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Eads v. United States

United States District Court, S.D. Indiana, Indianapolis Division

May 17, 2017




         This matter is before the Court on a Motion to Vacate, Set Aside, or Correct Sentence, pursuant to 28 U.S.C. § 2255 filed by Petitioner, Christopher Justin Eads (“Eads”). For the reasons explained in this Entry, the Motion is denied and the action dismissed with prejudice. In addition, the Court finds that a certificate of appealability should not issue.

         I. BACKGROUND

         Christopher Eads was charged with possession and distribution of child pornography and tampering with a potential witness. After a four-day trial, the jury convicted Eads on all counts (these being Counts 1, 2, and 5), and he was then sentenced to 480 months imprisonment. Following a hearing on his motion for new trial and the denial of said motion on May 4, 2012, his conviction was affirmed on appeal in United States v. Eads, 729 F.3d 769, 771-72 (7th Cir. 2013). The evidentiary summary from Eads's appeal is the following:

Sometime in May 2011, Detective Darin Odier of the Indianapolis Metropolitan Police Department's Cyber Crimes Unit found an Internet Protocol (IP) address offering 400 files of nude children through a file sharing program called “Shareaza.” Detective Odier obtained a subpoena for the Comcast subscriber associated with the IP address, and it came back with the name “Christopher Eads.” By the time Detective Odier had prepared a search warrant, the IP address that belonged to Eads was no longer active. But by October 26, 2011, it was up and running again. At this time, Detective Odier downloaded five files associated with Eads's IP address and found images with code names associated with child pornography such as, “Pedo Babyshivid Childlover Private Daughter Torpedo Ranchi Lolita” and “Pedo Dad F*cks Toddler Boy.”
On November 15, 2011, detectives conducted a search of Eads's home and found two laptop computers, compact discs, thumb drives, and a Bersa .40-caliber handgun. When detectives searched the living room laptop, they discovered 6, 937 images of child pornography (including one image with text written over it offering to rent a child for sex) and over thirty minutes in total of child pornography videos.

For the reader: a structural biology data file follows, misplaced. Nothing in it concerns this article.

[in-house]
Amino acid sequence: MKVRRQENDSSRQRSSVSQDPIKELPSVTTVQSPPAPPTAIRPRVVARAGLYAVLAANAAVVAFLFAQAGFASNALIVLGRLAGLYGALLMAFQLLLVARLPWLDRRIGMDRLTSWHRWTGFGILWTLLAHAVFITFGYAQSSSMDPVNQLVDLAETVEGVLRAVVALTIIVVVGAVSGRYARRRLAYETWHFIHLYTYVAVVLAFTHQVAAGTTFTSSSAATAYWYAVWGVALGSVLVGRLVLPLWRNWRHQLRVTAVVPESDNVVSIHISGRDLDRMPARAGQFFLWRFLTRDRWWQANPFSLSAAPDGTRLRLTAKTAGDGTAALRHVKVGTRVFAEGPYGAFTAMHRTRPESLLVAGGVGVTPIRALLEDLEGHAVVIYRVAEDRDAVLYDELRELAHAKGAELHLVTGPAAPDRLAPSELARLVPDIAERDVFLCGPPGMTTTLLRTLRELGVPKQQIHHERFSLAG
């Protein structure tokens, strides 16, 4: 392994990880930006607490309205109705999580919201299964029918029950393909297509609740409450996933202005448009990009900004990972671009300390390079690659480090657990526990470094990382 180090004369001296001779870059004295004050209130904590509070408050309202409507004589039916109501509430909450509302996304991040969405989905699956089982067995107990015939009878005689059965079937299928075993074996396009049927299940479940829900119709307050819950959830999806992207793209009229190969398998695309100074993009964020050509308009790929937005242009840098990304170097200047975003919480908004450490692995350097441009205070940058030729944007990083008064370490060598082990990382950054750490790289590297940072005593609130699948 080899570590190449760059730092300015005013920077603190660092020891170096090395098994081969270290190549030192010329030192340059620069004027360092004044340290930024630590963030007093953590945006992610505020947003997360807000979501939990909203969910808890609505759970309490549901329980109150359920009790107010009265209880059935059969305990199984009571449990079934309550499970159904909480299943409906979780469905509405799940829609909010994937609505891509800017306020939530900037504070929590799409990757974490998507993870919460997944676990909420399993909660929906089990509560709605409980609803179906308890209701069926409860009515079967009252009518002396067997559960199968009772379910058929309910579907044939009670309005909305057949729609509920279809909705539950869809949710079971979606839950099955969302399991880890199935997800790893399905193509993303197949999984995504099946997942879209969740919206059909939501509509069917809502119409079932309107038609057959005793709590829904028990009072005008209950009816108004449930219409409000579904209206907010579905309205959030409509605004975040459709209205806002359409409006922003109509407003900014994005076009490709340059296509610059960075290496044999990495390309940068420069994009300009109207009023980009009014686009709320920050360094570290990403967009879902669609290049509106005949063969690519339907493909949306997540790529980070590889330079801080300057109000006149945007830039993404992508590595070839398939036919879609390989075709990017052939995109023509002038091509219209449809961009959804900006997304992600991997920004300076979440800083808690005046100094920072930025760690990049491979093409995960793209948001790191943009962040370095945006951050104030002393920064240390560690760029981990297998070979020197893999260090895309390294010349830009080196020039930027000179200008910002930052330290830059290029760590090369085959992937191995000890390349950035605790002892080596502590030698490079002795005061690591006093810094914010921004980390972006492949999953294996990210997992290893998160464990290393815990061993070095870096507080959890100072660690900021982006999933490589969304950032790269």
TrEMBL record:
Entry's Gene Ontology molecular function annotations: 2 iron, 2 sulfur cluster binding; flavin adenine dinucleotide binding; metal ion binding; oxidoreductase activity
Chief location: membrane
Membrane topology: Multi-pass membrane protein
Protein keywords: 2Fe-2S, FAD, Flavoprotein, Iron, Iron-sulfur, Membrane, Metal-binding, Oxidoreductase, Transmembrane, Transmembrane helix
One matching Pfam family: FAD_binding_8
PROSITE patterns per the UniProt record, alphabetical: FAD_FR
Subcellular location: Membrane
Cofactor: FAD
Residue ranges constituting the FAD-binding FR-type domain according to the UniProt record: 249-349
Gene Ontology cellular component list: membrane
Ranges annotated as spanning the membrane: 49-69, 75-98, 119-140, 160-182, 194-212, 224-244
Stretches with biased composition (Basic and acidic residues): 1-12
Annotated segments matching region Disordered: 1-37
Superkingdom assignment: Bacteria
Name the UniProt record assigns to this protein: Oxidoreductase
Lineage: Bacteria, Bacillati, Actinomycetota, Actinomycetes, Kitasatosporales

Both Eads and his wife, Rachel Smith Eads, were home during the search and Rachel agreed to speak with law enforcement. Eads yelled through the house, “Don't tell them anything.” Rachel told detectives that after dating Eads for a couple of months, she found an FBI badge in his pants pocket. When she confronted him about it, he told her that he was an undercover FBI agent and that he had to download child pornography as part of his duties. Rachel further told detectives that the handgun they had found in the home belonged to Eads (which was a problem for Eads because he is a convicted felon).
Eads was later arrested and taken into federal custody. While in custody from November 29-30, 2011, Eads called Rachel from jail numerous times. Clearly frustrated and upset by Rachel's statements to police, Eads repeatedly demanded that she “make this right” and recant her statements. Eads proposed that Rachel write to the judge assigned to his case and state that Eads's former friend and houseguest, Nathan Asbury, was trying to set him up. Rachel promised to help her husband.

Eads, 729 F.3d at 772-73 (footnote omitted).

         On July 14, 2014, Eads filed his Motion to Vacate, Set Aside or Correct Sentence alleging ten grounds as bases for his motion. (Dkt. 1.) On March 16, 2015 Eads filed an amendment to Claim six of his § 2255 motion. (Dkt. 16.) Thereafter, the Court accepted Eads amendment and clarified that the original § 2255 motion was amended by interlineation, such that claim 6 as restated in the motion to amend is now claim 6. (Dkt. 17.) The United States was given an opportunity to respond and that response is at docket 21.


         Eads seeks relief pursuant to 28 U.S.C. § 2255. A petitioner may avail himself of § 2255 relief only if he can show that there are “flaws in the conviction or sentence which are jurisdictional in nature, constitutional in magnitude or result in a complete miscarriage of justice.” Boyer v. United States, 55 F.2d 296, 298 (7th Cir. 1995), cert. denied, 116 S.Ct. 268 (1995). Section 2255 is limited to correcting errors that “vitiate the sentencing court's jurisdiction or are otherwise of constitutional magnitude.” Guinan v. United States, 6 F.3d 468, 470 (7th Cir. 1993) (citing Scott v. United States, 997 F.2d 340 (7th Cir. 1993)).


         Eads first claims that he was denied the right of confrontation by the introduction of recorded jail telephone conversations between himself and his wife, Rachael, after he had been placed in federal custody. Eads' objection to the introduction of these recordings was overruled because Rachael's statements in the recordings were non-testimonial for purpose of applying the rule of Crawford v. Washington, 541 U.S. 36, 51 (2004). See United States v. Neveaux, 2016 WL 6024529, at *2 (E.D. La. Oct. 14, 2016); Malone v. Kramer, 2010 WL 1404286, at *16-17 (E.D. Cal. Apr. 6, 2010), subsequently aff'd sub nom. Malone v. Felker, 453 F. App'x 754 (9th Cir. 2011). In his 98 page brief (Dkt. 3), Eads correctly asserts that he could have called Rachael as a witness to clarify her statements. There was no constitutional violation in facing the choice between ...

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